Open in App
  • Local
  • U.S.
  • Election
  • Politics
  • Crime
  • Sports
  • Lifestyle
  • Education
  • Real Estate
  • Newsletter
  • The Lima News

    Treglia addresses misconceptions about immigration enforcement

    By Mackenzi Klemann,

    27 days ago

    LIMA — Allen County Sheriff Matthew Treglia refuted rumors that local law enforcement is not cooperating with immigration authorities amid the influx of Haitian migrants to Lima.

    “The biggest misconception is assuming that they’re here illegally when technically, they are here on two-year work visas and here legally and cannot be deported,” Treglia told The Lima News.

    Treglia offered the example of Gervens Justilien, a Haitian migrant charged with the March 10 murder of fellow migrant Chrislande Auguste. Both Justilien and Auguste were in the country legally on temporary work visas when Auguste died.

    Migrants believed to be in the country illegally may be subject to detainers from U.S. Immigration and Customs Enforcement, which sends written requests or detainers asking local jails to hold migrants for an extra 48 hours after their release date so immigration authorities can take them into federal custody.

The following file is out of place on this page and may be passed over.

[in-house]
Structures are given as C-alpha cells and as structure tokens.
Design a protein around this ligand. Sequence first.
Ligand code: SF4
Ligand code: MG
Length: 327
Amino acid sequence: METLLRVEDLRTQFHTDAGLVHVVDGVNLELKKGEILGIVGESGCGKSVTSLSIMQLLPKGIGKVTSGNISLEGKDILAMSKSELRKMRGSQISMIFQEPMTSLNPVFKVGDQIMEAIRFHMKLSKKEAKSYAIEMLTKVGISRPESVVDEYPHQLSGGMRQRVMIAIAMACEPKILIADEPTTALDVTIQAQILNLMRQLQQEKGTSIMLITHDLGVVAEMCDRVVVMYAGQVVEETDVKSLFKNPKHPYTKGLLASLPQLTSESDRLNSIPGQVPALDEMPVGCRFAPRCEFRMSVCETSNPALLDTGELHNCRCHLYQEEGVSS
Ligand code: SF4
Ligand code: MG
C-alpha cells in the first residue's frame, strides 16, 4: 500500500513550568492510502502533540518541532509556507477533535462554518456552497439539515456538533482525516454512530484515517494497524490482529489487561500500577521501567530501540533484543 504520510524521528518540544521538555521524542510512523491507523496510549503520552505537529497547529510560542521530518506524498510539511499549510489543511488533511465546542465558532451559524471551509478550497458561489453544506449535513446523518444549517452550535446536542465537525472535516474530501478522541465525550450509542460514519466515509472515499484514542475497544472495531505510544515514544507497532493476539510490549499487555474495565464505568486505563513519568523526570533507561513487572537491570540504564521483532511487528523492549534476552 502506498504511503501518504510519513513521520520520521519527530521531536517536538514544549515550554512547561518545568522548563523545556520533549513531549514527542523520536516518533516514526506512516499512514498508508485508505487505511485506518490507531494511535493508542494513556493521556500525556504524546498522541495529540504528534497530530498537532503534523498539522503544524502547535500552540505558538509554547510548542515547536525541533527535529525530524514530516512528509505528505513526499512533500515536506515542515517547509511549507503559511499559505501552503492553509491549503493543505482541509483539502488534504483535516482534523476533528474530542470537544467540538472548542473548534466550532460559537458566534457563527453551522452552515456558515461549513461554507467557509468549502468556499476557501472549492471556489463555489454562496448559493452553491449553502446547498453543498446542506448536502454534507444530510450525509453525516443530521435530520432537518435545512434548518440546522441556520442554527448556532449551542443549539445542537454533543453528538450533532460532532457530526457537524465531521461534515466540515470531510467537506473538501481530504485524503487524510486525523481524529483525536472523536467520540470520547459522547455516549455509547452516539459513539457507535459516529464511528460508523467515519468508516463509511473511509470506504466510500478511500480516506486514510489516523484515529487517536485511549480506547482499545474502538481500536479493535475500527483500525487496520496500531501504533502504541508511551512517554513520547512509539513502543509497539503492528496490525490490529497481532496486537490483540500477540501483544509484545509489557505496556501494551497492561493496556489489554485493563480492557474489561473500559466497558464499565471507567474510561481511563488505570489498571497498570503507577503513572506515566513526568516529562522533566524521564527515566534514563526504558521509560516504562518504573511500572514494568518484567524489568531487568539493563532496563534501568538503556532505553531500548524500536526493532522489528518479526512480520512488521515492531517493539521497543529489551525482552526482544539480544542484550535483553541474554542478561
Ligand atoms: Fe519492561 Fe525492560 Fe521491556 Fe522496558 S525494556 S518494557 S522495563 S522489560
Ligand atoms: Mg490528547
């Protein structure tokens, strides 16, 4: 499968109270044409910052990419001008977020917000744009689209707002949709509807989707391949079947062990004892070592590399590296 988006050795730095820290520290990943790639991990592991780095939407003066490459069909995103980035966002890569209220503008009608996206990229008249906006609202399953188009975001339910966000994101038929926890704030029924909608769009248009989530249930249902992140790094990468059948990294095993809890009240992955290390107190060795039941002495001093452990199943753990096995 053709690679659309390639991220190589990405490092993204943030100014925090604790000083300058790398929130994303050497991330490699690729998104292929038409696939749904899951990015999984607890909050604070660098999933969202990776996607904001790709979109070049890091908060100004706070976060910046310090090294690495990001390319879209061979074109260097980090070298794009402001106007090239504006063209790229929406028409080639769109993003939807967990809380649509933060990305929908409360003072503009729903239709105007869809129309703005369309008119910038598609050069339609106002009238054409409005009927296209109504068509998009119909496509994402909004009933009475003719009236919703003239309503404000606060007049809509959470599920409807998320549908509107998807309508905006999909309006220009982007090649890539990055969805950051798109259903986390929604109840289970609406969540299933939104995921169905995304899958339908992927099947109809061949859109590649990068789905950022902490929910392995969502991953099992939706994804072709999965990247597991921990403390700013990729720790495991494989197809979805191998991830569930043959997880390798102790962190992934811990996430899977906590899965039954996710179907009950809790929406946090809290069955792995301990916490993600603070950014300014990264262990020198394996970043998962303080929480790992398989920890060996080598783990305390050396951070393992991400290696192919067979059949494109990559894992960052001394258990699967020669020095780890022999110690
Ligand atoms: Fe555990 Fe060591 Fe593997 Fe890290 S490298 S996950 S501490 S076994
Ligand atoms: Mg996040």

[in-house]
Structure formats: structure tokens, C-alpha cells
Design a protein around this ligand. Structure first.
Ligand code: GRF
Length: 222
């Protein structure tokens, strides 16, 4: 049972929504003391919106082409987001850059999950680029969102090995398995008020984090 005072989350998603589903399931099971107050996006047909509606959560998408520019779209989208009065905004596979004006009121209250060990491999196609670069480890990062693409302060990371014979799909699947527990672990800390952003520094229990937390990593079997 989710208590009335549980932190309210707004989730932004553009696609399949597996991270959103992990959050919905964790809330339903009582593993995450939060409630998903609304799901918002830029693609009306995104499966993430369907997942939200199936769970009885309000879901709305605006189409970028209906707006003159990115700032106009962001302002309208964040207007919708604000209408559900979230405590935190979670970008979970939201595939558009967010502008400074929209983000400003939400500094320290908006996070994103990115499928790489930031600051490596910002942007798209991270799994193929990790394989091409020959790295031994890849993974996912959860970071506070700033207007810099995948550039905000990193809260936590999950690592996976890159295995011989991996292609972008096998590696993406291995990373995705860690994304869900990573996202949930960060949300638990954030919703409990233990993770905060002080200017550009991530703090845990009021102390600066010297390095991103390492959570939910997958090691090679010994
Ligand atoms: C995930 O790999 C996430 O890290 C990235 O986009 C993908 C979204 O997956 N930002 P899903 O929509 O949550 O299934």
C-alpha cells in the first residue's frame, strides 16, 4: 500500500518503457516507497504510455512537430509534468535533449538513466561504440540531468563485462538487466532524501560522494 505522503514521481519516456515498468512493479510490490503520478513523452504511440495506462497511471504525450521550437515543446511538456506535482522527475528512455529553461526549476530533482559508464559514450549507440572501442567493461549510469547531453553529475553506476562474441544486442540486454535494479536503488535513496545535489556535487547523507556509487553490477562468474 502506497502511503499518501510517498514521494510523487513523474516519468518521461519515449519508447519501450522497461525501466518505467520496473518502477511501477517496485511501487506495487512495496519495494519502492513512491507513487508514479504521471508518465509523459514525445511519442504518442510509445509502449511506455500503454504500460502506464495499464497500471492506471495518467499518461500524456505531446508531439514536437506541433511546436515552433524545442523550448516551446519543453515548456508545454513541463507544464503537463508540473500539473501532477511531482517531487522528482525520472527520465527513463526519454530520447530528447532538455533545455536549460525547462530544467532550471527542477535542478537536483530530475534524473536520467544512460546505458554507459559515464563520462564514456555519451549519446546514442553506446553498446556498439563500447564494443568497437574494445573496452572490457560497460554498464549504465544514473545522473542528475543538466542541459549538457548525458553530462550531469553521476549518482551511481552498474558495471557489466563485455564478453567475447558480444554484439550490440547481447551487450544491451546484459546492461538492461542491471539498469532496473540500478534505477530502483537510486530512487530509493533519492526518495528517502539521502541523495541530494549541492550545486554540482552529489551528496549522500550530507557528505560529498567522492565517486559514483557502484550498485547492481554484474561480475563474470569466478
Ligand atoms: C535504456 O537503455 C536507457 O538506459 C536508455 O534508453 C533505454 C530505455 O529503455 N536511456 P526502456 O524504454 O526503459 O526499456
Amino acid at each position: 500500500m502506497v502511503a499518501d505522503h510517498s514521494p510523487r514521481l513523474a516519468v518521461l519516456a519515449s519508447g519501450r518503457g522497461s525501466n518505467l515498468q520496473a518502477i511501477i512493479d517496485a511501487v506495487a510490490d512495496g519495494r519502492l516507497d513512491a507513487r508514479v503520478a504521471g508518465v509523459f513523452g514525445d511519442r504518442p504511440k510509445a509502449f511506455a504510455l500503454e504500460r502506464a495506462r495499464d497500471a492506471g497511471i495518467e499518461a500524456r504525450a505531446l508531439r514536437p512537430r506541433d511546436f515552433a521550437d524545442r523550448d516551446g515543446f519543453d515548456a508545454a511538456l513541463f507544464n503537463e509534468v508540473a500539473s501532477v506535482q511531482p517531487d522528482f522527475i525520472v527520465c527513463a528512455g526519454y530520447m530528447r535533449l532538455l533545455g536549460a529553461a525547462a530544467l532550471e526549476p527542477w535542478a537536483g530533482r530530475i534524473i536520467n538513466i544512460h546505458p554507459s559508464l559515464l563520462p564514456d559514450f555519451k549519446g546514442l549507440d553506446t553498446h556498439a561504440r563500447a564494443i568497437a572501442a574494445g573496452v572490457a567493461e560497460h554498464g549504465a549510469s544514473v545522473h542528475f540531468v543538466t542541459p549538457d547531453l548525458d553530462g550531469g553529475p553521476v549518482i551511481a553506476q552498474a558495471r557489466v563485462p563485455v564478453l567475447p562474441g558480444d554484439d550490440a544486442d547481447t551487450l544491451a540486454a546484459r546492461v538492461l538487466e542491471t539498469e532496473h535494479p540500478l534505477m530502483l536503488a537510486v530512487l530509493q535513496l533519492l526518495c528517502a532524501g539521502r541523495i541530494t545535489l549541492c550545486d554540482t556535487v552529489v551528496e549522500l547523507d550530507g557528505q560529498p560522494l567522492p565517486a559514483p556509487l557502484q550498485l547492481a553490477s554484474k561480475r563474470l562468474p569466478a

Treglia said the sheriff’s office held a migrant on a detainer for ICE just last week.

    “To say we’re not doing our job would be misrepresented,” Treglia said, noting that he recently met with Mayor Sharetta Smith and Lima Police Chief Angel Cortes to discuss immigration.

    The recent influx of Haitian migrants to Allen County revived sanctuary city rumors.

    Mayor Sharetta Smith has denied those rumors since she was chief of staff in 2017, when then-President Donald Trump issued an executive order denying federal funding to cities that protect undocumented immigrants from deportation or federal prosecution.

    A city spokesperson repeated those denials last week.

    “Lima, Ohio is not a sanctuary city and we in no way limit or impede the federal government’s enforcement of immigration matters,” Public Information Officer Jessica Begonia said via email. “We have no resolutions, executive orders or policies in place to suggest that we are a sanctuary city.”

    Treglia said most sheriffs wouldn’t follow a city’s sanctuary declaration anyway.

    “I would say 90% of sheriffs are going to take their more conservative approach on it and say that city is in their county and they are not a sanctuary county,” he said.

    Expand All
    Comments / 0
    Add a Comment
    Most Popular newsMost Popular

    Comments / 0